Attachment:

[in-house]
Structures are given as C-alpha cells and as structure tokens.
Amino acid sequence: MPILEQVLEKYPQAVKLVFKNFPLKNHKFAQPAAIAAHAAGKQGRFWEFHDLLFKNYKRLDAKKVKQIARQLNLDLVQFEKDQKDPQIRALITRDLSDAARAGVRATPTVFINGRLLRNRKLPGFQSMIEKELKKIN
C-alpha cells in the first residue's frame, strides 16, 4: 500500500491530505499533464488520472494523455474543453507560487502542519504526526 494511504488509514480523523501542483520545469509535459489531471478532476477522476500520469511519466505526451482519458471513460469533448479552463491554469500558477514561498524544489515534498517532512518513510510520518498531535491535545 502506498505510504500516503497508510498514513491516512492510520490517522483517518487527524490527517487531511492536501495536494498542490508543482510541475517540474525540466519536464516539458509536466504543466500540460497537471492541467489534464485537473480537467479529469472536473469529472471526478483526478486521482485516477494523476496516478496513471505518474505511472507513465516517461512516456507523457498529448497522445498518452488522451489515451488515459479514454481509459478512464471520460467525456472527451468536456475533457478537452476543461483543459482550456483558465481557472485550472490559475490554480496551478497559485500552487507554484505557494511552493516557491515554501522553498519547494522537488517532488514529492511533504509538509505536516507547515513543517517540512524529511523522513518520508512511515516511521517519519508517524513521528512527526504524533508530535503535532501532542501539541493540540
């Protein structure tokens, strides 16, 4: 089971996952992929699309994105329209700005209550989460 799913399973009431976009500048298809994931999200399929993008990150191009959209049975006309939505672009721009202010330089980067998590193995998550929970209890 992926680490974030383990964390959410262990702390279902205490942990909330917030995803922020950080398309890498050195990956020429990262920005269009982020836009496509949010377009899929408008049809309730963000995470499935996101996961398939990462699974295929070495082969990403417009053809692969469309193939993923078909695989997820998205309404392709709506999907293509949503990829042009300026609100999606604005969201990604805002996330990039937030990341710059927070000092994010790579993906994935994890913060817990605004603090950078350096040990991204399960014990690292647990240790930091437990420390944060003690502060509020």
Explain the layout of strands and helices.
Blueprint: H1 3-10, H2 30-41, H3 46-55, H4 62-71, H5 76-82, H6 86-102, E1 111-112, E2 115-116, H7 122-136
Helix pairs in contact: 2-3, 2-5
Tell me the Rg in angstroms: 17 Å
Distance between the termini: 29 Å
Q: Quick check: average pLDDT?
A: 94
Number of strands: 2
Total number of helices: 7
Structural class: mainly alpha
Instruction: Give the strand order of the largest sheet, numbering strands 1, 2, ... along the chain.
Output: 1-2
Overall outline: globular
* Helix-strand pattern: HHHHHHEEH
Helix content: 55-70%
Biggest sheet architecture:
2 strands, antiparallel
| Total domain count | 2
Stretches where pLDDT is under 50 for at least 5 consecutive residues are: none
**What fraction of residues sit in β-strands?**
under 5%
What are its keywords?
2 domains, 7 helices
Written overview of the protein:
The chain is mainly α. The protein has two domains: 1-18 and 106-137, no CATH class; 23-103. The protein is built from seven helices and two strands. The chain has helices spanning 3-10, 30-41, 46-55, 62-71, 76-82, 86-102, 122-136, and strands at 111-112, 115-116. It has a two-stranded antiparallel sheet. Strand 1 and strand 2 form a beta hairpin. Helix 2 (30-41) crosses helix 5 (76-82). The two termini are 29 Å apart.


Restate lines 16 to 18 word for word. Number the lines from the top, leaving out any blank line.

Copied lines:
Instruction: Give the strand order of the largest sheet, numbering strands 1, 2, ... along the chain.
Output: 1-2
Overall outline: globular